In Figure 3a, the red and blue solid lines show the FDTD simulation for the transmission efficiency for the OAM emitter in the wavelength range from 1300 to 1900 nm. The OAM +1 and −1 modes had 3 dB emission bandwidths that were 412 nm in width (1400–1812 nm) and 447 nm in width (1300–1747 nm), respectively. The red and blue triangles show the measured emission efficiencies of the +1 and −1 modes from 1450 to 1650 nm. The emission bandwidth was characterized using a tunable laser. The experimental setup is illustrated in Figure 3b (measurement details are shown in Supplementary Section 3). From Figure 3a, we can observe that the maximum emission efficiency reached 35% at 1550 nm, with fluctuations <5 dB over the entire wavelength range of 200 nm. Figure 3c shows the FDTD simulation for emissions of the −1 and +1 OAM modes at 1550 nm. The simulated intensity pattern displays a hollow shape, while the phase profiles indicate counterclockwise and clockwise spiral phases. Figure 3d shows the experimentally measured intensity and interference patterns from 1450 to 1650 nm at intervals of 50 nm. The sign of the topological charge is indicated by the chirality of the interference pattern. The measured mode purity ranged from 90% (at 1650 nm) to 97% (at 1550 nm) for the +1 OAM mode and from 84% (at 1650 nm) to 95% (at 1550 nm) for the −1 OAM mode (Supplementary Section 3). Although the intensity profiles demonstrate asymmetry at some wavelengths, the relatively small phase deviations still ensure the high mode purity of the OAM (Supplementary Section 3). This demonstrates that the generated OAM modes possess the desired phase distribution across the entire 200-nm-wide telecommunication band. To verify that the proposed approach can be adapted to a device design for simultaneously emitting a large number of OAM modes, we designed and demonstrated a four-port OAM emitter with FDTD simulations (see Supplementary Information, Section 3.3).
As a proof of concept, we demonstrated the use of the proposed multiplexed OAM emitter for high-capacity communication applications by testing it with a commercial FDM system. The FDM module generated a set of 30 frequency combs with 0.2-nm-wide channel intervals. Each frequency channel was loaded with 20 Gbit s−1 quadrature phase shift keying signals; thus, the total data rate for the emitter associated with the two multiplexed OAM modes was 1.2 Tbit s−1. Figure 4a shows the measured bit error rate (BER) for the device used as a OAM mode multiplexer at a receive power of −18 dBm (−1 mode) and −17.4 dBm (+1 mode) for all 30 wavelengths, and the insert shows the corresponding signal constellation. From the time-reversal symmetry of Maxwell’s equations, the proposed device can also be used as a demultiplexer of the two OAM modes. The measured BER for the device used as an OAM mode demultiplexer at a receive power of −18.5 dBm (−1 mode) and −18.2 dBm (+1 mode) for all 30 wavelengths is shown in Figure 4b, and the corresponding signal constellation is shown in the insert. For all channels, the BER was below the hard-decision forward-error-correction limit of 3.8 × 10−3. The BER curves for the back-to-back test case and the emissions and the detections of the OAM modes under different received powers were also measured (Figure 4c). In Figure 4c, we can observe some received optical power penalties compared to optical back-to-back when the device is applied to either OAM mode generation or detection. The penalties are induced by cross-talk between the two OAM modes. Additionally in Figure 4c, the QPSK signal on both +1 and −1 modes demonstrate better BER performances for mode generation; this is because the device has higher mode conversion efficiency in mode generation.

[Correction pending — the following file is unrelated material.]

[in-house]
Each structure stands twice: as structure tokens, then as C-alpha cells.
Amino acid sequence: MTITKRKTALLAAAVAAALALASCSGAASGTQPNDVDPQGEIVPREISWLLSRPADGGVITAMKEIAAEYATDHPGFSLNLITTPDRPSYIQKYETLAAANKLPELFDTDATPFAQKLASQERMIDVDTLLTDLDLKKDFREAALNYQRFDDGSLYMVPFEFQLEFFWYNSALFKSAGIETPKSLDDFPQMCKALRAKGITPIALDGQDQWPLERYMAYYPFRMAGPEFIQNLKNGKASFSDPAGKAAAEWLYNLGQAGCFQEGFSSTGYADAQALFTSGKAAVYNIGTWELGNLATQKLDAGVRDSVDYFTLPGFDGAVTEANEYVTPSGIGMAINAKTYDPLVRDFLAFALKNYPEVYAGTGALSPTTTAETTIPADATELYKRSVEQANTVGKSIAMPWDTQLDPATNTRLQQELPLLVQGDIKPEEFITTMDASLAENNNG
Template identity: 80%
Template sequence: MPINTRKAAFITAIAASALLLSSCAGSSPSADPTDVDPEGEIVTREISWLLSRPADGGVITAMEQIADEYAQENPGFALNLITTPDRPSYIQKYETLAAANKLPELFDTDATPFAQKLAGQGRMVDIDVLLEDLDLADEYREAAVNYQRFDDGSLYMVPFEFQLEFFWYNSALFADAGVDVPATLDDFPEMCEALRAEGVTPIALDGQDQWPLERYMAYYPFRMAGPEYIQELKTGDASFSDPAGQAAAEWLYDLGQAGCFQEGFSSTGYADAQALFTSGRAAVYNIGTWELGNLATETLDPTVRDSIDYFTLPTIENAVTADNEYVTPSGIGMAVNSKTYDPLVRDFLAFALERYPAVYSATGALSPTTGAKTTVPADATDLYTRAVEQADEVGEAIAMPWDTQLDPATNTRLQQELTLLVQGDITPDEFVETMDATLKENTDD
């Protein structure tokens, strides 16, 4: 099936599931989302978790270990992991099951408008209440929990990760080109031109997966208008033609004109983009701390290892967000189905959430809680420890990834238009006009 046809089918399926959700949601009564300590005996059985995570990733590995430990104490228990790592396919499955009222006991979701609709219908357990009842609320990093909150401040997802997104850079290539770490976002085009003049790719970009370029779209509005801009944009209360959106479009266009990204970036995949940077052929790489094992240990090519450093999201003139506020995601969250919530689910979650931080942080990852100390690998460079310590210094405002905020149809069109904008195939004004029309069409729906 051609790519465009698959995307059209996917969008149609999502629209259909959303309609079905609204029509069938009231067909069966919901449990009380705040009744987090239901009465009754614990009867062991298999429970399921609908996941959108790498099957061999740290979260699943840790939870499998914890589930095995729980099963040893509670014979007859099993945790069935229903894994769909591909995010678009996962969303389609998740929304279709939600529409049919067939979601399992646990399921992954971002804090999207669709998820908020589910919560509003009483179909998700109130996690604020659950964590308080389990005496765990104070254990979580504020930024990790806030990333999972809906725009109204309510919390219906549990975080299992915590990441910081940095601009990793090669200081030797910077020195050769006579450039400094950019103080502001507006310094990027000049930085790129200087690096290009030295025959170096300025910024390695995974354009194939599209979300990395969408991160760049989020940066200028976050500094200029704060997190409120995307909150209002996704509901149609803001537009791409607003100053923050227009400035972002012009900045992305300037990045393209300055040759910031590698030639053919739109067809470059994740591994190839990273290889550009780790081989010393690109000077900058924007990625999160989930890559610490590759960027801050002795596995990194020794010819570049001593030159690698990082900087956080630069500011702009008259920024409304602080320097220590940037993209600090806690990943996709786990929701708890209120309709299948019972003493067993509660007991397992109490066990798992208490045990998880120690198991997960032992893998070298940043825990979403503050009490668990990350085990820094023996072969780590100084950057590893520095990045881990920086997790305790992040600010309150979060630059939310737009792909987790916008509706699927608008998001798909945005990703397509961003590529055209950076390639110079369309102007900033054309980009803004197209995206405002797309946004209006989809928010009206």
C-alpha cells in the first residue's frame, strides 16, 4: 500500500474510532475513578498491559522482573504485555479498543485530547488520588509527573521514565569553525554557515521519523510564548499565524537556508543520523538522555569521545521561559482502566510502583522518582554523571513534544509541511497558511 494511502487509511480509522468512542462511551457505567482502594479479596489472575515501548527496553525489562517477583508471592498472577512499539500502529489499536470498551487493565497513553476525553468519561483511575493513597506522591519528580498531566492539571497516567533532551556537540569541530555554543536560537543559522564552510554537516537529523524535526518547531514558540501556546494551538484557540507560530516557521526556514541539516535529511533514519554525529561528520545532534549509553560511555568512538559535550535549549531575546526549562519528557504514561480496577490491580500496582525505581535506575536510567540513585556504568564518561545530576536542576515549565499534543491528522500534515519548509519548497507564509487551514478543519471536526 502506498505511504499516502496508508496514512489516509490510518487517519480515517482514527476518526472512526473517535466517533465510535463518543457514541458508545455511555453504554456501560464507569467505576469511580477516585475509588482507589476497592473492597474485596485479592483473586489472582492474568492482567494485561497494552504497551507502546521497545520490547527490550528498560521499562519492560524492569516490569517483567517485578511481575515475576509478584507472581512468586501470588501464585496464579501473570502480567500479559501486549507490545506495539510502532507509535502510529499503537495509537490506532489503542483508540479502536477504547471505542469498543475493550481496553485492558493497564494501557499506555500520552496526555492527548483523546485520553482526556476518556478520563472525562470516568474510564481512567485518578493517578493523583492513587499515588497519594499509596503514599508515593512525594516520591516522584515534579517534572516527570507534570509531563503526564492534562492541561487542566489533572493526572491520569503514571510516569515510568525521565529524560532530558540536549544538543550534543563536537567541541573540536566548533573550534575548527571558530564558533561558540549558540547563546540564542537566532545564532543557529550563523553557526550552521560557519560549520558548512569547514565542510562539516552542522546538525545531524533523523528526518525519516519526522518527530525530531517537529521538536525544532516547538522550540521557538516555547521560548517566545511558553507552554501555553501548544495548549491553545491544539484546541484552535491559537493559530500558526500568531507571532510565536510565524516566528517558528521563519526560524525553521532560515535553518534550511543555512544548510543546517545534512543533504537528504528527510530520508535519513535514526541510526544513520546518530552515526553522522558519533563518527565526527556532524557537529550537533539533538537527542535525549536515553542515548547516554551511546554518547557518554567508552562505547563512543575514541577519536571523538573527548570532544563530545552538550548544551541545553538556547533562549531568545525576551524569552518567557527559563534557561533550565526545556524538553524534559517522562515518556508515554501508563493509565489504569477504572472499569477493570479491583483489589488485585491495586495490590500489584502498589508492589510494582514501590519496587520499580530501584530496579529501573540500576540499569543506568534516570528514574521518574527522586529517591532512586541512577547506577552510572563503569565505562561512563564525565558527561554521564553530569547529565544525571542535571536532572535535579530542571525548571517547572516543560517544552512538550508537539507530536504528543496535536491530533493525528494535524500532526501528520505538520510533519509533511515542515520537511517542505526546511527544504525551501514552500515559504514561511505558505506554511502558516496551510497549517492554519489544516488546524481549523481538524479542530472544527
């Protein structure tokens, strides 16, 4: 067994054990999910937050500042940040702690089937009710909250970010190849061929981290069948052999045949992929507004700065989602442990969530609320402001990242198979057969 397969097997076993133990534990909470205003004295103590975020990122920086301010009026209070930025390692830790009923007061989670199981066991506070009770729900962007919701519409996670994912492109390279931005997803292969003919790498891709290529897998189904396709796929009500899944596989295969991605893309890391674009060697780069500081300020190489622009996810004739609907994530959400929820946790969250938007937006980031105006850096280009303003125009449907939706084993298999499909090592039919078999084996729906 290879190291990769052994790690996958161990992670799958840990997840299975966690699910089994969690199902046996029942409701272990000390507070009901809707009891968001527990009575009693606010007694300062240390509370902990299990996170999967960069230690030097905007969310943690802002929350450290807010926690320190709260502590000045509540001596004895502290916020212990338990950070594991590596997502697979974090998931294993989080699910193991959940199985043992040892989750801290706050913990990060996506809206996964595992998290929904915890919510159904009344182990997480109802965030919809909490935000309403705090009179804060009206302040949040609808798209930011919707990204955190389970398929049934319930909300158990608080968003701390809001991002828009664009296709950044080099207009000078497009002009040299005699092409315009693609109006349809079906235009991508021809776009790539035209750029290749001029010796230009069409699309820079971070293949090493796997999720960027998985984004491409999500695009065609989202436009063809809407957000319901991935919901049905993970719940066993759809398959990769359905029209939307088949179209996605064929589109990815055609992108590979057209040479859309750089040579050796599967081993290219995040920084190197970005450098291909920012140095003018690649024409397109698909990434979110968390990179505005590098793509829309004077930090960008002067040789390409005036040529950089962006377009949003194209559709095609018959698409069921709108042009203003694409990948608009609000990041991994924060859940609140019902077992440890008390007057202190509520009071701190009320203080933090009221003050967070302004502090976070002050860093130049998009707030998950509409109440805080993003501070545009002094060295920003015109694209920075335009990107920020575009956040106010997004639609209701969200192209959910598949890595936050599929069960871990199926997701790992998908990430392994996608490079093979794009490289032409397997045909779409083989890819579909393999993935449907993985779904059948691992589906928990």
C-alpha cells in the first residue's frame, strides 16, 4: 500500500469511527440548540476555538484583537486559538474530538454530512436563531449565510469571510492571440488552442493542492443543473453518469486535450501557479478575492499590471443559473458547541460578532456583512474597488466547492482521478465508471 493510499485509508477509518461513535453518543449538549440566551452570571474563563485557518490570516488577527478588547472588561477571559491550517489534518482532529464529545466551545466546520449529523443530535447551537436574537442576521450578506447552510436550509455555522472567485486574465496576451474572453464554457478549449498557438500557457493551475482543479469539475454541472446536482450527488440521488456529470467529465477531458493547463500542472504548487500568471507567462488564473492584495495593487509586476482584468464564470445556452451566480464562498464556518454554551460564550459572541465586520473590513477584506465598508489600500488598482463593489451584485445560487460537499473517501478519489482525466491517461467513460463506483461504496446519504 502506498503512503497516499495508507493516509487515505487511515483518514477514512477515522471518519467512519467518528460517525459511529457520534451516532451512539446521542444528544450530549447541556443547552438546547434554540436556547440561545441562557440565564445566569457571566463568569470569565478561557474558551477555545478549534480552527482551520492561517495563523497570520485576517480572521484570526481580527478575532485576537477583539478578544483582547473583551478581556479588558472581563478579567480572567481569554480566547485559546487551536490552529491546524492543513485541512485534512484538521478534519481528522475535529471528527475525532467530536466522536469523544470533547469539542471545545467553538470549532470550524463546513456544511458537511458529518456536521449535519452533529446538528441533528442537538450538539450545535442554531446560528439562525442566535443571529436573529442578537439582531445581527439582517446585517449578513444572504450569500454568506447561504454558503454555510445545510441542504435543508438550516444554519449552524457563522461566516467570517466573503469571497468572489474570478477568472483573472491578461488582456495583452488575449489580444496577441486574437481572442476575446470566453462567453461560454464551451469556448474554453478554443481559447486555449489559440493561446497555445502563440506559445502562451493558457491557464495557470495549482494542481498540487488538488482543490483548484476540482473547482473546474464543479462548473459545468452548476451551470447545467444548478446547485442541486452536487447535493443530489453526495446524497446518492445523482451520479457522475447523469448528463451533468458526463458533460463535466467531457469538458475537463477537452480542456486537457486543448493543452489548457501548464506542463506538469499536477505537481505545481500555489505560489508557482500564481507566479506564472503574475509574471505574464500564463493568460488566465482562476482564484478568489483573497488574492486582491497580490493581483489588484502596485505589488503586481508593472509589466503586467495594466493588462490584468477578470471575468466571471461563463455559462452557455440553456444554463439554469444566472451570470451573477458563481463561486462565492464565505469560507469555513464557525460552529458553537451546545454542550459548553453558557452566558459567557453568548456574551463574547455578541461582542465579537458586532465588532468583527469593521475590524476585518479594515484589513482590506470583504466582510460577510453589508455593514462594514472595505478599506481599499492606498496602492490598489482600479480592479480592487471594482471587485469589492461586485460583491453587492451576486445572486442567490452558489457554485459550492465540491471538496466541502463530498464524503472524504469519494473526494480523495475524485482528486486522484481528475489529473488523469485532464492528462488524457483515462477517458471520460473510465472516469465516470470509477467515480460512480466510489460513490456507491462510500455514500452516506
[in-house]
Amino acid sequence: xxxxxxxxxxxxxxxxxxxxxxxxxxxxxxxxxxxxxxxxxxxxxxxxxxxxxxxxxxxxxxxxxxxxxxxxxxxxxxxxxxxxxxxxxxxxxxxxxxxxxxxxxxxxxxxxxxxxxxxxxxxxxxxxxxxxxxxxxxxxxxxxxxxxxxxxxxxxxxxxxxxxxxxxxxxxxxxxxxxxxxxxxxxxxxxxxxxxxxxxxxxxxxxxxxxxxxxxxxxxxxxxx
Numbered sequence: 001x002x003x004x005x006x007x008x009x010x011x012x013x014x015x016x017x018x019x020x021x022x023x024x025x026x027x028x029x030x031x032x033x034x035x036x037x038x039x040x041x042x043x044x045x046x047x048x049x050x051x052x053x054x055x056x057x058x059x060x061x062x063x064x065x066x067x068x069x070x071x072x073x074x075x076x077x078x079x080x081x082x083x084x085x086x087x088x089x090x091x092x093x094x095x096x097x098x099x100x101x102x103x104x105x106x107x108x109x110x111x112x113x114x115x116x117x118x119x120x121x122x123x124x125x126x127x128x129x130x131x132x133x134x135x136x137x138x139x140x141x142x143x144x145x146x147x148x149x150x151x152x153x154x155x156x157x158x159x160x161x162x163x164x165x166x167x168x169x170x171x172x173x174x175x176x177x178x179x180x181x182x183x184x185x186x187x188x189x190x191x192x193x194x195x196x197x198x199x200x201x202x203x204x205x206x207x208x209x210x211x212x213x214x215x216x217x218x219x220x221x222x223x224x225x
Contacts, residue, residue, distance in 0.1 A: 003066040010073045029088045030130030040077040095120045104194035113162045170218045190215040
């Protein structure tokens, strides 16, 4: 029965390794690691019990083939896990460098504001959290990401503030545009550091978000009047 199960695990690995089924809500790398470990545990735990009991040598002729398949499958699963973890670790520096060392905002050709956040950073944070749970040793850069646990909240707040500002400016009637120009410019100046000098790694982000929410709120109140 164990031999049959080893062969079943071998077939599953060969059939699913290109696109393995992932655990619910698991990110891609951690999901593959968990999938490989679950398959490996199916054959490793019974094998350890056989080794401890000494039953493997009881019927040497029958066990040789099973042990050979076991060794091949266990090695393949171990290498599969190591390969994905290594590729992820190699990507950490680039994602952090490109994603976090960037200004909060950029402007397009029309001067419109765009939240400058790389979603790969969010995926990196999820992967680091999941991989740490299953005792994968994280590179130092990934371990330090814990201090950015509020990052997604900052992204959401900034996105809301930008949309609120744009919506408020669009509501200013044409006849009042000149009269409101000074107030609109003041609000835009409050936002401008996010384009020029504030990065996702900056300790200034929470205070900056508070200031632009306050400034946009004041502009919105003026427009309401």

In conclusion, we demonstrated a multiplexed on-chip OAM emitter with an ultra-broadband response between 1450 and 1650 nm. Emission efficiencies as high as 35% were achieved, and the mode purity exceeded 97%. It is possible to adapt the design for simultaneously generating multiple high-order OAM states by increasing the device area or reducing the pixel size to further increase the pixel number. The bulky high-numerical aperture objective lens used in the current proof-of-concept status can potentially be replaced by a micron-sized collimator on top of the OAM emitter using the 3D direct writing technique30. Furthermore, in the future, the generated OAM modes could also be butt-coupled into an OAM fiber (ring core, air core, multiring cores, few mode, etc.) without an objective. Since we utilized standard integrated circuit techniques, the proposed device is suitable for mass production by the microelectronics industry. In conjunction with integrated OFCs27, the proposed OAM multiplexed emitter paves the way for large capacity chip-to-chip optical interconnects. Therefore, we believe the proposed device, with superior performance in terms of bandwidth, multiplexing and integration, could play an important role in OAM communication. More importantly, the proposed joint path resonance phase control will inspire more in-depth fundamental research on manipulating and mapping phase structures for general broadband photonic devices.